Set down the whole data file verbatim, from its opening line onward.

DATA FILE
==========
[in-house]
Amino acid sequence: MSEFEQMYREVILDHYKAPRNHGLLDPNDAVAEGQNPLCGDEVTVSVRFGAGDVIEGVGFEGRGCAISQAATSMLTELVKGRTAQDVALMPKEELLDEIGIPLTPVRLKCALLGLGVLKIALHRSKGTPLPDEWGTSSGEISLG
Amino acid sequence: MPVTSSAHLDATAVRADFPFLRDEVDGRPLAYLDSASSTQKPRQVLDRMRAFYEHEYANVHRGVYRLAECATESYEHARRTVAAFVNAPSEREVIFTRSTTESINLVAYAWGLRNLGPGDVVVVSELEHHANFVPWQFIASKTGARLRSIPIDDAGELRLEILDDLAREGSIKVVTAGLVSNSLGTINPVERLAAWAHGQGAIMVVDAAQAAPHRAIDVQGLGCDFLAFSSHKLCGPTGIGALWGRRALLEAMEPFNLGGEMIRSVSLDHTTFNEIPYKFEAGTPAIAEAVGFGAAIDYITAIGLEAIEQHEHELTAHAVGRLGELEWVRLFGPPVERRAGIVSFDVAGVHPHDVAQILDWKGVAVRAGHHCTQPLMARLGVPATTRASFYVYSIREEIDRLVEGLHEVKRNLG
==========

[in-house]
Amino acid sequence: MSEFEQMYREVILDHYKAPRNHGLLDPNDAVAEGQNPLCGDEVTVSVRFGAGDVIEGVGFEGRGCAISQAATSMLTELVKGRTAQDVALMPKEELLDEIGIPLTPVRLKCALLGLGVLKIALHRSKGTPLPDEWGTSSGEISLG
Amino acid sequence: MPVTSSAHLDATAVRADFPFLRDEVDGRPLAYLDSASSTQKPRQVLDRMRAFYEHEYANVHRGVYRLAECATESYEHARRTVAAFVNAPSEREVIFTRSTTESINLVAYAWGLRNLGPGDVVVVSELEHHANFVPWQFIASKTGARLRSIPIDDAGELRLEILDDLAREGSIKVVTAGLVSNSLGTINPVERLAAWAHGQGAIMVVDAAQAAPHRAIDVQGLGCDFLAFSSHKLCGPTGIGALWGRRALLEAMEPFNLGGEMIRSVSLDHTTFNEIPYKFEAGTPAIAEAVGFGAAIDYITAIGLEAIEQHEHELTAHAVGRLGELEWVRLFGPPVERRAGIVSFDVAGVHPHDVAQILDWKGVAVRAGHHCTQPLMARLGVPATTRASFYVYSIREEIDRLVEGLHEVKRNLG